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Abstract

For over two decades, the American Society of Civil Engineers (ASCE) pursued its “Raise the Bar” initiative, for the purpose of better preparing civil engineers to attain the Civil Engineering Body of Knowledge and enter into professional practice. The ultimate goal of this initiative was to change state licensure laws, such that a master’s degree or equivalent (augmented by appropriate work experience) would become the academic prerequisite for licensure as a professional engineer in the U.S. In support of this goal, ASCE promoted “Raise the Bar” legislation in several states. Despite these efforts, no U.S. licensing jurisdiction adopted such legislation. Acknowledging this lack of progress, the ASCE Board of Direction formally initiated a major change in the direction of the “Raise the Bar” initiative in March 2018. The Board’s new approach, subsequently rebranded as the “Engineer Tomorrow” initiative, was to explore the use of Society-administered credentialing, rather than licensure, as its principal mechanism for raising the bar. The Board assigned responsibility for the “Engineer Tomorrow” initiative to the Raise the Bar Committee—subsequently renamed the Committee on Preparing the Future Civil Engineer (CPFCE)—and its Task Committee on Credentialing to Raise the Bar—subsequently renamed the Task Committee on Credentialing (TCC). The TCC’s charge is to “Develop a plan identifying how ASCE can best utilize an internal credentialing program to validate fulfillment of the Civil Engineering Body of Knowledge (CEBOK), including a timeline for implementation, an estimated budget, and a marketing plan to promote a credentialing program(s) to members and owners.” The task committee began its work in July 2018. In its interim report to the ASCE Board, presented in July 2019, the TCC proposed a framework for a comprehensive ASCE-administered credentialing system superimposed upon the existing U.S. licensure system as a mechanism for validating fulfillment of the CEBOK. The Board responded favorably to this proposal and directed the TCC to develop an implementation plan for the new credentialing system. Also starting in July 2018 but working independently of the TCC, the authors of this paper attempted to support and inform the TCC’s work by analyzing the credentialing system used in the U.S. medical profession and using this model as the basis for a proposed civil engineering credentialing system. Our published proposal was provided to both the TCC and the ASCE Board prior to the Board’s July 2019 meeting. In this paper, we expand upon our earlier analysis by examining more closely the implementation of specialty certification by the medical profession. Specifically, the purposes of this paper are (1) to explain why and how the medical profession’s system of board certification was developed and implemented and (2) to offer lessons learned for the civil engineering profession. After discussing a brief history of the evolution of the medical profession’s model for licensing and specialty certification, the paper will provide evidence of the success of the medical profession’s model, identify the reasons for the successful implementation of their system, and discuss the barriers and obstacles faced in the process. The paper will also review current issues related to the continued implementation of the medical profession’s system. Based on this analysis, the paper will offer lessons learned for the civil engineering profession as it considers implementing the certification of specialty areas within the civil engineering profession.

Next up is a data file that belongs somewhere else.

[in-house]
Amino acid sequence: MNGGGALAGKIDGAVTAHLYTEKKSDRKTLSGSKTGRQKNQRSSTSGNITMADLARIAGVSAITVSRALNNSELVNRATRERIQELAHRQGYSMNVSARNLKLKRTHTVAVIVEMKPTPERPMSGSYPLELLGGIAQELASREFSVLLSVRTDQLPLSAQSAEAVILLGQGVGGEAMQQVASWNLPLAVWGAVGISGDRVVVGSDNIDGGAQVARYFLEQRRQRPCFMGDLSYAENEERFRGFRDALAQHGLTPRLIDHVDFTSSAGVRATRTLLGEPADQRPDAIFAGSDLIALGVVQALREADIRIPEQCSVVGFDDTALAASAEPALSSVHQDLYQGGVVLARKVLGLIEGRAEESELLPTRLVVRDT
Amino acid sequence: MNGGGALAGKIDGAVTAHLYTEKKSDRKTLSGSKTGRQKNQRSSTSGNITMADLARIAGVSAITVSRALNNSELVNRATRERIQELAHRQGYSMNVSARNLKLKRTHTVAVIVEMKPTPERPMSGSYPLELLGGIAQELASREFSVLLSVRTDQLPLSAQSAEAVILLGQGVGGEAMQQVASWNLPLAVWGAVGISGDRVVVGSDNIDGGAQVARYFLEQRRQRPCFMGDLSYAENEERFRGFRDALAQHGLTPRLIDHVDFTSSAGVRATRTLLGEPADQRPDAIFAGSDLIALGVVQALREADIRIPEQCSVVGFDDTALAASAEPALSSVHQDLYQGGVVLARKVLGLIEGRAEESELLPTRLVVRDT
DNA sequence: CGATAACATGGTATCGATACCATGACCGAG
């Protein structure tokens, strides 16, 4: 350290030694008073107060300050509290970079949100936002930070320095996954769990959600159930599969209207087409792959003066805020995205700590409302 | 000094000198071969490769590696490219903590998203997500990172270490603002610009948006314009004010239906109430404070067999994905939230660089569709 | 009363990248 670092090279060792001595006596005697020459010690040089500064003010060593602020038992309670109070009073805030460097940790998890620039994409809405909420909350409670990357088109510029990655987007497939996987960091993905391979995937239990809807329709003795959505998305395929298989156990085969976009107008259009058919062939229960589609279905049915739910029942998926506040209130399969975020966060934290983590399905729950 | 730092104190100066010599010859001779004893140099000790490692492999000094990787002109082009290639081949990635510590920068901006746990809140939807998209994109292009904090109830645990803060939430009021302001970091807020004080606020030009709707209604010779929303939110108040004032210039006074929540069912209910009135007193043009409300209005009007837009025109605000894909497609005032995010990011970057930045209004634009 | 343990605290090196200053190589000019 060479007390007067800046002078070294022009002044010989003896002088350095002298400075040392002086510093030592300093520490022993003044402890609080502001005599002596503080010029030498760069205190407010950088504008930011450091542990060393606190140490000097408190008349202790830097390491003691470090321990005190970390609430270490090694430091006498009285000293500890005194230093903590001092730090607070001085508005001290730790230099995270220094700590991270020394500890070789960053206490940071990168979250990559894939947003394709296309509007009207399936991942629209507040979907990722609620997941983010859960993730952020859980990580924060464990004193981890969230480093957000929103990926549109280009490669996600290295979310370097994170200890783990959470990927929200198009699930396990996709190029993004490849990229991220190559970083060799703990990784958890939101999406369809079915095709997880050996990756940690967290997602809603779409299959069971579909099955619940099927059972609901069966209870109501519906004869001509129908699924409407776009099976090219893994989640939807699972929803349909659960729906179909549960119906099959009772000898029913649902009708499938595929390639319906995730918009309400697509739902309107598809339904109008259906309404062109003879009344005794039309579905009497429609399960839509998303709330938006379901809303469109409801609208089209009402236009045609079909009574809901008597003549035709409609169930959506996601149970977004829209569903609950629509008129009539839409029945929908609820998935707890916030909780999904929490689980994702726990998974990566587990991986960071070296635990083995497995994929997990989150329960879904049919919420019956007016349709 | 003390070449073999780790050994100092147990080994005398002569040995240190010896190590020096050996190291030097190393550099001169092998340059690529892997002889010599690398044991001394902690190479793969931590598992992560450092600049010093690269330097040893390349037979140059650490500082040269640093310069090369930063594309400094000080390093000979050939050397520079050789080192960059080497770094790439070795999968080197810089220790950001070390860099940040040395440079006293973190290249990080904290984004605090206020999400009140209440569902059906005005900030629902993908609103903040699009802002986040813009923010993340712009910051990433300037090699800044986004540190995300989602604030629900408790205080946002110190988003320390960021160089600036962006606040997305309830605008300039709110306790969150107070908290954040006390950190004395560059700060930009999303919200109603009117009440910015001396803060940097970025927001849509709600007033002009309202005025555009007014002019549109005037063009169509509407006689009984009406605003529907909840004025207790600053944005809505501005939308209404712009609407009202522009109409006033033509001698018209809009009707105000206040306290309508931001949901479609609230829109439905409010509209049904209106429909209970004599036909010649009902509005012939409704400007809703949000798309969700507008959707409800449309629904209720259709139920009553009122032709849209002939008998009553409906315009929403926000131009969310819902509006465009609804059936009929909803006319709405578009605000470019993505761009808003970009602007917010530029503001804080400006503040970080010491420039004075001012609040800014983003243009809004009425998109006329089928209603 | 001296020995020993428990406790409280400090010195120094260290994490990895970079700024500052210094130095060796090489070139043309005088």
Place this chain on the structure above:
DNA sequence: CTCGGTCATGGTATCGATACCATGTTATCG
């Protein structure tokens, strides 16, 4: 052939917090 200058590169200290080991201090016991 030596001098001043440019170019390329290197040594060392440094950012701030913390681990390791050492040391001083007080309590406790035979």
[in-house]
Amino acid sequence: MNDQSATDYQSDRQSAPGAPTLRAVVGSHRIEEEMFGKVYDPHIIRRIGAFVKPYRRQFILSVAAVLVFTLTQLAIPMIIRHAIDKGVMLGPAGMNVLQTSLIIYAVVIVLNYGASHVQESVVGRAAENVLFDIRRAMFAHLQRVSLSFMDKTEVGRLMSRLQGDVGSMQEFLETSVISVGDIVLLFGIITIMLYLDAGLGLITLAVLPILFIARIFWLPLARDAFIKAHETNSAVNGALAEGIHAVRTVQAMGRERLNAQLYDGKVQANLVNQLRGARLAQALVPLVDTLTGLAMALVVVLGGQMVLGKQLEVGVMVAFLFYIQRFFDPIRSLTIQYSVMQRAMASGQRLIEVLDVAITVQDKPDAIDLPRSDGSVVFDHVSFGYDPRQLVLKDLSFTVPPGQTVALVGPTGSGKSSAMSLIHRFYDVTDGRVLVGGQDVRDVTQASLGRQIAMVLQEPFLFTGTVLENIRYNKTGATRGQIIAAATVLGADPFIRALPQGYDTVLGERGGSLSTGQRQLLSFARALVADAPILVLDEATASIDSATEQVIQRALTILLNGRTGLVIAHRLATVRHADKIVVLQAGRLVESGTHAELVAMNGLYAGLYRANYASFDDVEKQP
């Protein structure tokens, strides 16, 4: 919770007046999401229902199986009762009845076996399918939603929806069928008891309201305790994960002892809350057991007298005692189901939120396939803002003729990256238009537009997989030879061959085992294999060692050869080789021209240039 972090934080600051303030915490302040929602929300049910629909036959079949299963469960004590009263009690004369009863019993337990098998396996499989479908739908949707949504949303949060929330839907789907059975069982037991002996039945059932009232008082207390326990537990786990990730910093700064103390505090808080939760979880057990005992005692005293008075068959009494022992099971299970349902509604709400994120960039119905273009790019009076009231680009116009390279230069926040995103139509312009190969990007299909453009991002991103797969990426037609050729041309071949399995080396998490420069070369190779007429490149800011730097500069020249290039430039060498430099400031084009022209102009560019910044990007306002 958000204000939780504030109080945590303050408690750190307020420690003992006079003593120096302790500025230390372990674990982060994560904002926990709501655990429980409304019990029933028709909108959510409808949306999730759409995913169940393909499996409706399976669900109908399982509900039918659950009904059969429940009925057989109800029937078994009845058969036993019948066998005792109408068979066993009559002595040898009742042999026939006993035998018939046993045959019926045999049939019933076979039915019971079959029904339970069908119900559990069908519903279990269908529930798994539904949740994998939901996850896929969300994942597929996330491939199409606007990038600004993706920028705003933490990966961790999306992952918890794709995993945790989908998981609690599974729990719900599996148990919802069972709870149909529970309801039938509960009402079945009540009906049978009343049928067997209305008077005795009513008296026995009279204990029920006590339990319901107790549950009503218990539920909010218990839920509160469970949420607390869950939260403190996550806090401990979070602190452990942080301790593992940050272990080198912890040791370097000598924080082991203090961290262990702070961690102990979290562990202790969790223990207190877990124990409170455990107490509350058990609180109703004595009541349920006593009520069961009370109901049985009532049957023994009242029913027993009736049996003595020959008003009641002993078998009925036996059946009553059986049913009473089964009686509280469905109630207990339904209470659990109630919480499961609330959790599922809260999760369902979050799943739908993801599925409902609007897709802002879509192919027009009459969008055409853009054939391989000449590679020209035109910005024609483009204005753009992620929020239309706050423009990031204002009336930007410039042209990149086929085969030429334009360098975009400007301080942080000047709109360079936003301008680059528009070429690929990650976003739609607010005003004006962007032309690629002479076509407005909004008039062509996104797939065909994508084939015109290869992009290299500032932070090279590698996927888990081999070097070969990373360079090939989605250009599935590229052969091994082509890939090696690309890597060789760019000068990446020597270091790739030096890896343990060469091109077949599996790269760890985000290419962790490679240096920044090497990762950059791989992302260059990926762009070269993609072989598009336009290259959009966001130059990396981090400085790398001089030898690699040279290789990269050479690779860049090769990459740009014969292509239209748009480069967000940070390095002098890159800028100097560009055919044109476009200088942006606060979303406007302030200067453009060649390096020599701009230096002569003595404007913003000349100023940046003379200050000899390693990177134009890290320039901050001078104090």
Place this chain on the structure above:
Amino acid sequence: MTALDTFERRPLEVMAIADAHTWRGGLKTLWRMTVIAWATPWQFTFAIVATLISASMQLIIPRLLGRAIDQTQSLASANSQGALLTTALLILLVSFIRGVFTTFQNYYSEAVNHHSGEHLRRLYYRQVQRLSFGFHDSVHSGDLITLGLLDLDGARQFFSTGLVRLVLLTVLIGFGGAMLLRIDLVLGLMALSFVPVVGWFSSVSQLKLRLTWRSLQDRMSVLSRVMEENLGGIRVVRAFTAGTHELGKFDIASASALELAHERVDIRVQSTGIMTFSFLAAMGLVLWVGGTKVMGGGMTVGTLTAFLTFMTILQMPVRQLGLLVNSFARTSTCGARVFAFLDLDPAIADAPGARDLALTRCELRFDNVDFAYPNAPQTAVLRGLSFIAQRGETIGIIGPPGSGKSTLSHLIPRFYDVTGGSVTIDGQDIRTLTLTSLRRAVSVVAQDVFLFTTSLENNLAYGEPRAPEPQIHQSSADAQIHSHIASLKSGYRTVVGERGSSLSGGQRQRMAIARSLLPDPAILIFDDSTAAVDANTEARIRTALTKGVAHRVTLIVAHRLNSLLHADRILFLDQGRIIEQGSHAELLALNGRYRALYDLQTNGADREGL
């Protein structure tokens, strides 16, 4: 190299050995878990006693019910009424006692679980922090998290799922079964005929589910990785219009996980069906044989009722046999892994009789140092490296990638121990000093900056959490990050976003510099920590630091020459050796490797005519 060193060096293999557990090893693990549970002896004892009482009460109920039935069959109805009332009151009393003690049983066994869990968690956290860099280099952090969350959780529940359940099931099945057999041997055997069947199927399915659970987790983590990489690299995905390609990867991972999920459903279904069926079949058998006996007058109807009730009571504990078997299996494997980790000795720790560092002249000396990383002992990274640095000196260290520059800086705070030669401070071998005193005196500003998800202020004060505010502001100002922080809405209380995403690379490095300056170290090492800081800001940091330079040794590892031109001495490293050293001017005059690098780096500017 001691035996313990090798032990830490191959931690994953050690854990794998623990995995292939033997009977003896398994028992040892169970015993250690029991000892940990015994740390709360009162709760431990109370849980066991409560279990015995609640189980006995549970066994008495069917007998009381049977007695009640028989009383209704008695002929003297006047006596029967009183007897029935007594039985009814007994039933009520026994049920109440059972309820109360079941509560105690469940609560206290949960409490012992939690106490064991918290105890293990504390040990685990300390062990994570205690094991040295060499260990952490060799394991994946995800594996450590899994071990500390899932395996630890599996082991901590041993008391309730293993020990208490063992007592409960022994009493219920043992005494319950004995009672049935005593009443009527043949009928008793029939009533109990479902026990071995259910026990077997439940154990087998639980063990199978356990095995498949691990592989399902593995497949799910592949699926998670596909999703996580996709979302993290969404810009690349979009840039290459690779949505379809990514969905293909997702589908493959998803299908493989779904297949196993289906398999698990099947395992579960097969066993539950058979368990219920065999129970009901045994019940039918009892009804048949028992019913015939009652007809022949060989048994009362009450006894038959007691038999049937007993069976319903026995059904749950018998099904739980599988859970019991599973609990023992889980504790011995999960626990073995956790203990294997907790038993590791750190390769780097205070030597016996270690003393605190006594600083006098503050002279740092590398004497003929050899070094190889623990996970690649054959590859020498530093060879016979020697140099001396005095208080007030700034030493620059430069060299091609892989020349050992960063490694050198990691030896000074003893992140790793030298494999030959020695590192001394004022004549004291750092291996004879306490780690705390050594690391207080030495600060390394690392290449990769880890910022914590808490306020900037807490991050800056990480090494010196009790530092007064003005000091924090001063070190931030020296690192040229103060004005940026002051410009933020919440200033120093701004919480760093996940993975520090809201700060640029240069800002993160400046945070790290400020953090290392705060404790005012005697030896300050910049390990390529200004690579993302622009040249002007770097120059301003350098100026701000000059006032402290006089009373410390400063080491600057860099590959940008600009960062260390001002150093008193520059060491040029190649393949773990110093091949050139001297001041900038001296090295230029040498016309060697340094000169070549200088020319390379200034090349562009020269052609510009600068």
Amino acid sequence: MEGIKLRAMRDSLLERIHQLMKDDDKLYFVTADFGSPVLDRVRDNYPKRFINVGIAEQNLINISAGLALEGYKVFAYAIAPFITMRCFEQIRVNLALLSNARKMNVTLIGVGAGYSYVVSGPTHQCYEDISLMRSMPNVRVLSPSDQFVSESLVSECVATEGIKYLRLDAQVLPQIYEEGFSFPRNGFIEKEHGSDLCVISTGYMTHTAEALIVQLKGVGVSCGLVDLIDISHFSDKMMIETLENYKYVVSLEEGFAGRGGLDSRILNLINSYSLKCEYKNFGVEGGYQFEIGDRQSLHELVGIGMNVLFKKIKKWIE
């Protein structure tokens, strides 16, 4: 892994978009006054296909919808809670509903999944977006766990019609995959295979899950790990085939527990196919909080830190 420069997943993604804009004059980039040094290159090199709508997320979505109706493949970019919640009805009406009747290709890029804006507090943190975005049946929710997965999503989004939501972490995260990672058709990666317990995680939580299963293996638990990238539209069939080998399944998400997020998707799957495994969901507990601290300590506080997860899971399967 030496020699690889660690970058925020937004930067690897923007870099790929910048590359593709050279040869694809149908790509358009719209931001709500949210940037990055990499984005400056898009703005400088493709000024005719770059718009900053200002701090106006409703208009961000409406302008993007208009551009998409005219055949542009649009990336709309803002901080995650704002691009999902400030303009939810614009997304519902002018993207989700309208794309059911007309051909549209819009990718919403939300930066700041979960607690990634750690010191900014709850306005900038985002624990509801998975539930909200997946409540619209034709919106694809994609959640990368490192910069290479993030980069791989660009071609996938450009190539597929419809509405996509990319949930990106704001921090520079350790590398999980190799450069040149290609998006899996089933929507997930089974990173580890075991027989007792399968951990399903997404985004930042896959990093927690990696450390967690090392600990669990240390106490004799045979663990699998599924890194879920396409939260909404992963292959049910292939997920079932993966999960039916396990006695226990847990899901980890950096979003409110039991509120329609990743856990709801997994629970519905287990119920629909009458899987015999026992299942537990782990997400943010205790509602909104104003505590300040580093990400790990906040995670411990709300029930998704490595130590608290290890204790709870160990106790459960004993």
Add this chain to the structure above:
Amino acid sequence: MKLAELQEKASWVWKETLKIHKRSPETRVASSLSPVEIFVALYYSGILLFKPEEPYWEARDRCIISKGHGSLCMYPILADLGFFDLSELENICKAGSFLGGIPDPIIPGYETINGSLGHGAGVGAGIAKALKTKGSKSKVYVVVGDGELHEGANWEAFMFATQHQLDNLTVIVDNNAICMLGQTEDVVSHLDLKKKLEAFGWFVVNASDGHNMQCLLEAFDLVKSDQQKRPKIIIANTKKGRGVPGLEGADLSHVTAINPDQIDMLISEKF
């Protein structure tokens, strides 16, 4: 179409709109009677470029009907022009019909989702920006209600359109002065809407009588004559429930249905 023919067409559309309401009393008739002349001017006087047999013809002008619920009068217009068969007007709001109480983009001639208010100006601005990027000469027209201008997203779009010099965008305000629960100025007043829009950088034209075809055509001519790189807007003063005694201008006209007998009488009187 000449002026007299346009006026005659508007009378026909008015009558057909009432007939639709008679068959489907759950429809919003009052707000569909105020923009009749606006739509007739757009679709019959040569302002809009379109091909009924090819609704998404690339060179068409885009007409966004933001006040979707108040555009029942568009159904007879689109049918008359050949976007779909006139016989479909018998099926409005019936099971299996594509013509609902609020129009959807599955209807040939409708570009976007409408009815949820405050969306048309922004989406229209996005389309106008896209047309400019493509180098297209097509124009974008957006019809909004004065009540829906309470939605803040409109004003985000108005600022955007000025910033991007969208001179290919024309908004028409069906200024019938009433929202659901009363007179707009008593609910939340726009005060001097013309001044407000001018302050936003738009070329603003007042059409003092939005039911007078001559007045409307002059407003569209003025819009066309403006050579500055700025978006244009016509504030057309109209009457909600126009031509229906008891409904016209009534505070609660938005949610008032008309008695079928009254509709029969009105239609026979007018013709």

COORDINATING NOTE: This abstract is submitted at the specific invitation and request of the coordinators of the ASCE Liaison Committee’s session(s) for the Civil Engineering Division of ASEE in June 2020. It should be considered for inclusion in the session(s) on “Educational & Professional Issues of Strategic Importance to the Civil Engineering Profession – and ASCE” that Leslie Nolen and Tom Lenox are organizing.

Hains, D. B., & Ressler, S. J., & Lenox, T. A. (2020, June), Lessons Learned from the Implementation of Board Certification in the Medical Profession Paper presented at 2020 ASEE Virtual Annual Conference Content Access, Virtual On line . 10.18260/1-2--34911